Mine Revegetation in the North: Meeting Yukon community expectations of reclamation success

Using native plants for revegetating mine sites

Mine revegetation in northern regions presents many challenges including remote access and adverse climatic conditions. This project focuses on the proposed Coffee Gold Mine, in central Yukon and explores two themes: 

Study 1 - How do potentially affected First Nations and communities envision revegetation success at the proposed Coffee Gold Mine? 

Study 2 – Does the creation of shelter improve the establishment and growth of boreal plants important to communities? 

The Northern Mine Remediation program is working with it's Yukon Mine Consortium partners to address research issues relevant to the industry. Mine revegetation is one of these topics and will be explored in this four-year PhD project.

Project description

The challenge of developing revegetation goals is widely acknowledged and much research focuses on ecological indicators that may indicate success. The selection of goals, however, requires value-based decisions that are supported, not dictated, by technical information. Despite this social context, decision-making remains an “expert” driven process that disempowers local knowledge and voices. We are hoping to engage community and First Nation partners to identify a common vision of success to guide Study 2 and further revegetation planning. 

Study 2 is a field experiment at Coffee Creek that uses the revegetation goals expressed by communities in Study 1 as the basis for selecting target species. A multiple evidence base approach will be used to include local, traditional and scientific knowledge into species selection. Six shelter treatments are designed to examine both physical and biological effects of shelter on target species establishment and early growth: snow fencing and rocks as inert physical shelter and alder, soapberry and mountain avens as living biological shelters. A second field experiment will test whether physical shelter is needed to successfully establish shrub shelters above treeline.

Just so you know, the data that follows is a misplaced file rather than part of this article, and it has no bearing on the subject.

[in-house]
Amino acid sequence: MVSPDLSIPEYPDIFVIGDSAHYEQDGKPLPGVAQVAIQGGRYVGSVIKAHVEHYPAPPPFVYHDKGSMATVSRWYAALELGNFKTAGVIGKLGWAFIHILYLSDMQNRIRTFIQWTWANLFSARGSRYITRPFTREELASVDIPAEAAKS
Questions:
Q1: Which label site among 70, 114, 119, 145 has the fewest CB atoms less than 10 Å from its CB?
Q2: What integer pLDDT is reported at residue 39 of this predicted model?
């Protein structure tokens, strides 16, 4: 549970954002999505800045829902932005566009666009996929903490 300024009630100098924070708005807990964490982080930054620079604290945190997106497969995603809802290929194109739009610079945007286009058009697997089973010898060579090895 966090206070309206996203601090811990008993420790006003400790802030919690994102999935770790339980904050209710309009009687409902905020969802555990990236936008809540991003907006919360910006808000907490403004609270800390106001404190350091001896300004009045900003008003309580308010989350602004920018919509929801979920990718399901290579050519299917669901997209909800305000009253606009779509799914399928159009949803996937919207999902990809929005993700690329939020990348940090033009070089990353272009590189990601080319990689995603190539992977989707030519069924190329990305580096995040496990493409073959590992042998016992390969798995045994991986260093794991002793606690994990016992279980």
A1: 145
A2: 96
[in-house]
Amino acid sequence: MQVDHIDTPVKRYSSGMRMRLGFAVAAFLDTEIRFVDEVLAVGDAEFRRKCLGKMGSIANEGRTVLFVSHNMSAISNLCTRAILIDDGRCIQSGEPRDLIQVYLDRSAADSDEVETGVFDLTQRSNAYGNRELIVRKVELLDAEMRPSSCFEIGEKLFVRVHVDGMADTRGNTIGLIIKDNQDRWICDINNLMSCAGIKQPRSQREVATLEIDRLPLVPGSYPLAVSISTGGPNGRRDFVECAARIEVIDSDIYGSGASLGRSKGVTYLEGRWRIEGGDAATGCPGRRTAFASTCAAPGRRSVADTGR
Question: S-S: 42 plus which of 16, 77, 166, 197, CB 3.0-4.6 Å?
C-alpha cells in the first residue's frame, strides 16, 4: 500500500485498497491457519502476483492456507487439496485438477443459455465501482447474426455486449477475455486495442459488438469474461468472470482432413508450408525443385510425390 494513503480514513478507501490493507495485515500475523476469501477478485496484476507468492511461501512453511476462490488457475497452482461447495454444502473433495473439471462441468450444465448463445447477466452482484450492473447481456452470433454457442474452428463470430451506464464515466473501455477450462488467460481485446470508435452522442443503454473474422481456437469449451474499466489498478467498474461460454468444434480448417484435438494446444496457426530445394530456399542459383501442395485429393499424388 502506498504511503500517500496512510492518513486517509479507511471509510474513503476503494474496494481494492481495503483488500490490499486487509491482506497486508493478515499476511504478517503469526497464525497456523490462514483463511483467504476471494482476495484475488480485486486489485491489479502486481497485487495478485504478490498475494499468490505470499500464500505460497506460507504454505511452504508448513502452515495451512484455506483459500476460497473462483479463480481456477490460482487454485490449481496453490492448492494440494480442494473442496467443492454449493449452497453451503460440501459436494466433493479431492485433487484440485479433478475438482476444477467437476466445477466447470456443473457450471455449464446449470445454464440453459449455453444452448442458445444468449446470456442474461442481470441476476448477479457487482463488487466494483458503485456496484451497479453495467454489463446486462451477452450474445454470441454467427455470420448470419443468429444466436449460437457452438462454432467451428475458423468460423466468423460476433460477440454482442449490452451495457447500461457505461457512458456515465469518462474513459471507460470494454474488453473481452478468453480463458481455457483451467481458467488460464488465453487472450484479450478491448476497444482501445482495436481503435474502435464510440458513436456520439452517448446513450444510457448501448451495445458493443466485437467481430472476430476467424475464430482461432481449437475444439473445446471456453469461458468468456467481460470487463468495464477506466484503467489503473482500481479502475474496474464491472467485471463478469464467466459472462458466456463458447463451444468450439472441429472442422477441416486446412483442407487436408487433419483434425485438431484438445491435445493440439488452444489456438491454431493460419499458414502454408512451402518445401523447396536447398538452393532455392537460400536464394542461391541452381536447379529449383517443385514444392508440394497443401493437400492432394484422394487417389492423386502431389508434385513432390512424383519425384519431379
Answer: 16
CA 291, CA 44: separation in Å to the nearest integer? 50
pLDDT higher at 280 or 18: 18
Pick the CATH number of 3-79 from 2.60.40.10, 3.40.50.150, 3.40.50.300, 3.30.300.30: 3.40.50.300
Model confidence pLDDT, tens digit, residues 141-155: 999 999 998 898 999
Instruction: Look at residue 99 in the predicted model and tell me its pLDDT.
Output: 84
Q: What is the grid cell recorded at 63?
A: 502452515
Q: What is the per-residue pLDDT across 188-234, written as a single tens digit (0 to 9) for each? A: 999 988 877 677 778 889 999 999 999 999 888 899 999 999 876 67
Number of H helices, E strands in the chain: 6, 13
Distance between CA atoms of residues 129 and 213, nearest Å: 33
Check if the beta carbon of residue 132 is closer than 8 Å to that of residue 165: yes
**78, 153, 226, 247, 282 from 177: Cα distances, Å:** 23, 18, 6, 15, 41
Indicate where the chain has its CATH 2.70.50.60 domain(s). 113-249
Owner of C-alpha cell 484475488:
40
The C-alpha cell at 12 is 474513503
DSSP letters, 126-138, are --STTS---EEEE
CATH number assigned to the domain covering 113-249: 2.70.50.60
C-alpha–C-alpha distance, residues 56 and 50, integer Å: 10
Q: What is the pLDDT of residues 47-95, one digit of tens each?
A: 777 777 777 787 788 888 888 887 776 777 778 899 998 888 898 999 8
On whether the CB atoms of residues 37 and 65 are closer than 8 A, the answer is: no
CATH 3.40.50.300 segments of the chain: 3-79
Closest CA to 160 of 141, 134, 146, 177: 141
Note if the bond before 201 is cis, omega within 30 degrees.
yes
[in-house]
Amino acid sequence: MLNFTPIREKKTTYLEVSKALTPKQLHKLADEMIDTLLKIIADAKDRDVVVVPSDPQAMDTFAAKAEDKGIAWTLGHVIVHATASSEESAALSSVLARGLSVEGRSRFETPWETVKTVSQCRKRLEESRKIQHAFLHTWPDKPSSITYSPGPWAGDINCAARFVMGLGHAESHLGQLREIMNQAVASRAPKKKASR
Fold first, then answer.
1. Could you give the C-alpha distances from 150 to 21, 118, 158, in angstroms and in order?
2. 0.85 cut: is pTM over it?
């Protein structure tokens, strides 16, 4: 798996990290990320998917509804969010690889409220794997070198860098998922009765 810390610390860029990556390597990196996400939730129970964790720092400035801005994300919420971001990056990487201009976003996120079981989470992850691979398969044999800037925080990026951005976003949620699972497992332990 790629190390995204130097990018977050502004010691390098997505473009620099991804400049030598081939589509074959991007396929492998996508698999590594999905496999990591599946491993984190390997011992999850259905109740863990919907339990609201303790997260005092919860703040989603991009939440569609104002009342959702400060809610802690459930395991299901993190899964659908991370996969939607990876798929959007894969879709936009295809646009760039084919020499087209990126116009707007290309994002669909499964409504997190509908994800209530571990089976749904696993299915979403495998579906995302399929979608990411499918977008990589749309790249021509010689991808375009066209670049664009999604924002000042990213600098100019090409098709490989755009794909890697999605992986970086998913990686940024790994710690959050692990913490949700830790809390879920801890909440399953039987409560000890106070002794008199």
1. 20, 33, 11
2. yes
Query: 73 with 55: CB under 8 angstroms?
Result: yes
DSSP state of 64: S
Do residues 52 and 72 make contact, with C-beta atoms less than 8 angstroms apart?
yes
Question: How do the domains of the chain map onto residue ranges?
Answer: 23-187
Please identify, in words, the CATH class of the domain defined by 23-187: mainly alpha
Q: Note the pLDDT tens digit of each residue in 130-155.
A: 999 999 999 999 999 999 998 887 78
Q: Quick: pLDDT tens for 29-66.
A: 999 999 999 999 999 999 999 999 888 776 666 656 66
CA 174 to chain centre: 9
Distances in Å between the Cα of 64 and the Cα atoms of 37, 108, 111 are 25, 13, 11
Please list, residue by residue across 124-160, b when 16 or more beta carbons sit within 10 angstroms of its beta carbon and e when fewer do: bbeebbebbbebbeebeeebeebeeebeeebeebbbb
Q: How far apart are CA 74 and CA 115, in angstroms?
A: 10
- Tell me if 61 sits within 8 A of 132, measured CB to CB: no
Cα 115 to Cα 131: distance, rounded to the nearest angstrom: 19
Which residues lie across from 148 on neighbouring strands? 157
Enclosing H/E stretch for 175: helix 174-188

The project was established in the spring of 2020 and will continue for the next four years. The knowledge produced will support quartz mining reclamation and closure planning in Yukon and provide insights for businesses and entrepreneurs interested in the revegetation industry. 

Project team and funders

Krystal Isbister, PhD Student, University of Alberta/YukonU Research Centre 
Dr. Guillaume Nielsen, NSERC Industrial Research Chair in Northern Mine Remediation, YukonU Research Centre 
Dr. Simon Landhäusser, Co-Supervisor, University of Alberta 
Dr. Liza Piper, Co-Supervisor, University of Alberta 

Natural Science and Engineering Research Council of Canada, Mitacs, Yukon University's Innovation and Entrepreneurship, and the Yukon Mining Research Consortium: Newmont Corporation, BMC Minerals Ltd., Victoria Gold Corp., Casino Mining Corp., Selwyn Chihong Mining Ltd., Alexco Resource Corp. and Minto Explorations